After an initial bow Off-Broadway in 1991 and a starry, Oscar-nominated movie adaptation in 1996 starring Meryl Streep and Diane Keaton, Scott McPherson’s “Marvin’s Room” has finally debuted on Broadway. The current Roundabout Theatre Company mounting, which opened on June 29 at the American Airlines Theatre, stars Lili Taylor as Bessie, selfless caretaker to her titular father and ailing aunt Ruth (Celia Weston), whose own leukemia diagnosis prompts a reunion with her estranged sister Lee (Janeane Garofalo).
“Marvin’s Room” received mixed response from critics. In a positive, four-of-five star review, Adam Feldman (Time Out New York) deems this mounting a “luminous revival” of a “pained yet comforting play” that “movingly depicts a world in which loving others is, as it often has to be, its own reward.” Jesse Green (New York Times) similarly finds the production “[t]houghtfully directed by Anne Kauffman,” “keenly performed,” and “a pleasure to watch throughout,” applauding the “elegant” set design by Laura Jellinek and the “divine” Weston. Overall, though, Green finds the affair “fatally mild” due in large part to its lacking of the context of the original staging that made the show feel so vital.
Allison Adato (Entertainment Weekly) agrees that this production “lacks the emotional power and resonance to move us,” noting that the show seems “merely serious when you wish it would be moving,” but applauds the “engaging” Taylor and “terrific” Weston. David Rooney (Hollywood Reporter) finds even less to appreciate, calling the show an “anemic revival” and faulting director Kauffman for the “sluggish” pace, yet also applauds the “exquisite performance” of Lili Taylor and characterizes Weston as “a treasure.”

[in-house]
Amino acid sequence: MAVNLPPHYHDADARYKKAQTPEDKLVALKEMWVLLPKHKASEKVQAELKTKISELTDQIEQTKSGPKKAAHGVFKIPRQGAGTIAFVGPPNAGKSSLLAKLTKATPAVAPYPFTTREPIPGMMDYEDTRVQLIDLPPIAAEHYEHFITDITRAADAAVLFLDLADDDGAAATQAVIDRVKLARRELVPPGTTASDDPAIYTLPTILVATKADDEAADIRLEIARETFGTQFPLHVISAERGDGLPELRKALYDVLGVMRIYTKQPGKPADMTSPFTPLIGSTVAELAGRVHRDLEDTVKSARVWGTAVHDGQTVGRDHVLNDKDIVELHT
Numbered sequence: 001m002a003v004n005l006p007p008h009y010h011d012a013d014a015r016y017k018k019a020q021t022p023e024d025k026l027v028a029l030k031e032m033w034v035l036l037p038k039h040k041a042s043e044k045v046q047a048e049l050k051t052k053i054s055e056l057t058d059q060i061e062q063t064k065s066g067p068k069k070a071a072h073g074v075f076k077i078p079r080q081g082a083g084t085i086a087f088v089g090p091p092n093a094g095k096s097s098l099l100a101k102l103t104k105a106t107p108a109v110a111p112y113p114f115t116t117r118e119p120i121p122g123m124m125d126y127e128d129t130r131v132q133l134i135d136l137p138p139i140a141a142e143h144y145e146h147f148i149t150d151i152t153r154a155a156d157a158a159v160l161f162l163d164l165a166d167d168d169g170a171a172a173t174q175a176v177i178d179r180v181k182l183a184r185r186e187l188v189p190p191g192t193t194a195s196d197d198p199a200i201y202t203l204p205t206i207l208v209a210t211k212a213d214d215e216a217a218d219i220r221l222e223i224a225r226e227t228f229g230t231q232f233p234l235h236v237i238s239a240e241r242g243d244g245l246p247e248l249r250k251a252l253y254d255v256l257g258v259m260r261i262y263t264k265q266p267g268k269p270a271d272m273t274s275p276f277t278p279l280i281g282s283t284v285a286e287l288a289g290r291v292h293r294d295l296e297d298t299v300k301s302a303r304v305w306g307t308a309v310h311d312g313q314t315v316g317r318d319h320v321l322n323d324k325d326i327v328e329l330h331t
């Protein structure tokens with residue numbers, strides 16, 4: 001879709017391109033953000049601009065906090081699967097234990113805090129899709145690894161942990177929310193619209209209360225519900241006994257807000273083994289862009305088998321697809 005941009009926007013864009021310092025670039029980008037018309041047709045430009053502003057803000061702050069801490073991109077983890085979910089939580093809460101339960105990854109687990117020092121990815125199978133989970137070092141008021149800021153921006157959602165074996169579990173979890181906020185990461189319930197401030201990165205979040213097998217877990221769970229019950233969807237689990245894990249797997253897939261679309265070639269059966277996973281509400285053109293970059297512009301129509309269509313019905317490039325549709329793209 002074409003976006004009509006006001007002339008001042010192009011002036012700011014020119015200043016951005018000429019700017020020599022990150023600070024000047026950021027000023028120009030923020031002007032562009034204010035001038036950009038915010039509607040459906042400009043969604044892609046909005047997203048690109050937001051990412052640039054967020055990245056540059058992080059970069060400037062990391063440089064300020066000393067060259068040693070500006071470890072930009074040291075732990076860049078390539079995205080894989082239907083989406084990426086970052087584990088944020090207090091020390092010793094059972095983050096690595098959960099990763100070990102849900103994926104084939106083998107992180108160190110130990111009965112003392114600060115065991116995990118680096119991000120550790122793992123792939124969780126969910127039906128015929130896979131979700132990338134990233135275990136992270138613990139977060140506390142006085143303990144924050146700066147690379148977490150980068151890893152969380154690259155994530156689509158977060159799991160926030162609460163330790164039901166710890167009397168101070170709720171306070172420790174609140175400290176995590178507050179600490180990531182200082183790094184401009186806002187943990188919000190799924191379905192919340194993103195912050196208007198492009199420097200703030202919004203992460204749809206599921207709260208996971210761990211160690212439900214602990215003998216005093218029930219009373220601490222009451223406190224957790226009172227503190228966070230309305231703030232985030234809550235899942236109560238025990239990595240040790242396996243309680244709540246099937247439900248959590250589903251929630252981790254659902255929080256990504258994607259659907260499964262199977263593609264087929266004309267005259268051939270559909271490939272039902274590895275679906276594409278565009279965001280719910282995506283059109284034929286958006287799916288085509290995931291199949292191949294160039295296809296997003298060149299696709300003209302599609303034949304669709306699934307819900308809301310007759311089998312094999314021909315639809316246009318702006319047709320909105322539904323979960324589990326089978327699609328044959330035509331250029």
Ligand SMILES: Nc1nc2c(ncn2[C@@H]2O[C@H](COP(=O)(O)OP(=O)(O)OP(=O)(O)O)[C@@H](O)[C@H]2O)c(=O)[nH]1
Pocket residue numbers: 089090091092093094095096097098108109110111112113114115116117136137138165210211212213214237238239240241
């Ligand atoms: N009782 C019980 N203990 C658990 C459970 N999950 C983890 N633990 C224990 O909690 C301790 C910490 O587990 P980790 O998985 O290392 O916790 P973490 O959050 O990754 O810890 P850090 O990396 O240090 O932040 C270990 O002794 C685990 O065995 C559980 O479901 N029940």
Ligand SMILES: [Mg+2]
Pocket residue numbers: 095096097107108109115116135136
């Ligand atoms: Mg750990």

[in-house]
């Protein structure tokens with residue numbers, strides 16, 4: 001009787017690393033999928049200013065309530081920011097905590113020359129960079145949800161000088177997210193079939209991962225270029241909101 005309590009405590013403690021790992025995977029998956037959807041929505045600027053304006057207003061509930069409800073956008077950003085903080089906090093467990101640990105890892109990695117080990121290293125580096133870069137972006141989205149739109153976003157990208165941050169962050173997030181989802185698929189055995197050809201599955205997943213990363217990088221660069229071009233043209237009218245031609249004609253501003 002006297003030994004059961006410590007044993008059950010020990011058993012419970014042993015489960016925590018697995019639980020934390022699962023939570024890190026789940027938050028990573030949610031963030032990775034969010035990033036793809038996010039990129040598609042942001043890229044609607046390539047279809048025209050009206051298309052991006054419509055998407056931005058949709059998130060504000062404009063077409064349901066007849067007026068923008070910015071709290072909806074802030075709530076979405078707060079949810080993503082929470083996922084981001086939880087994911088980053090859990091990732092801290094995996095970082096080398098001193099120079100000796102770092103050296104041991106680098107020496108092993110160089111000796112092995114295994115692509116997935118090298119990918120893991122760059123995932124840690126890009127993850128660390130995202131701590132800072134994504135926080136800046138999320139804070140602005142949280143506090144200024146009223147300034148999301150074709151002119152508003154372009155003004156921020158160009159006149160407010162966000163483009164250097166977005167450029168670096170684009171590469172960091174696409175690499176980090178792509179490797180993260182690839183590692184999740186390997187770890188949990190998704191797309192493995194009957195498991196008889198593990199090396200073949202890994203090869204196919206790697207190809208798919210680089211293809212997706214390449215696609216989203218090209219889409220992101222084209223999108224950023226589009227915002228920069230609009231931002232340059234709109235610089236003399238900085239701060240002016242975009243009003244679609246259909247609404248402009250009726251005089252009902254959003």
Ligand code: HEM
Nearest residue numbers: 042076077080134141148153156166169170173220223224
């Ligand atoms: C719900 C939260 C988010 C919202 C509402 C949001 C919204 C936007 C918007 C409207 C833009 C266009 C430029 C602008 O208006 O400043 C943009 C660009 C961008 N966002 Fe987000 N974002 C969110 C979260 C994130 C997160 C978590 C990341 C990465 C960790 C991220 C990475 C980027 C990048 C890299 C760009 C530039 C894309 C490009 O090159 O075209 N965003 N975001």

Although mixed, the critical reaction to “Marvin’s Room” won’t help the production’s chances come Tony Award nominations in eleven months. Set as a strictly-limited run scheduled to shutter at the end of August (when the Fall season on Broadway typically starts to ramp up), the show could very well get lost in the blitz of timelier openings. If the Tony nominating committee does remember “Marvin’s Room,” it would most likely result in a bid for Lili Taylor, who last appeared on Broadway 20 years ago in a revival of Anton Chekhov’s “The Three Sisters.” Regardless of how critics responded to the show as a whole, they all seemed to agree on the merits of Taylor’s performance.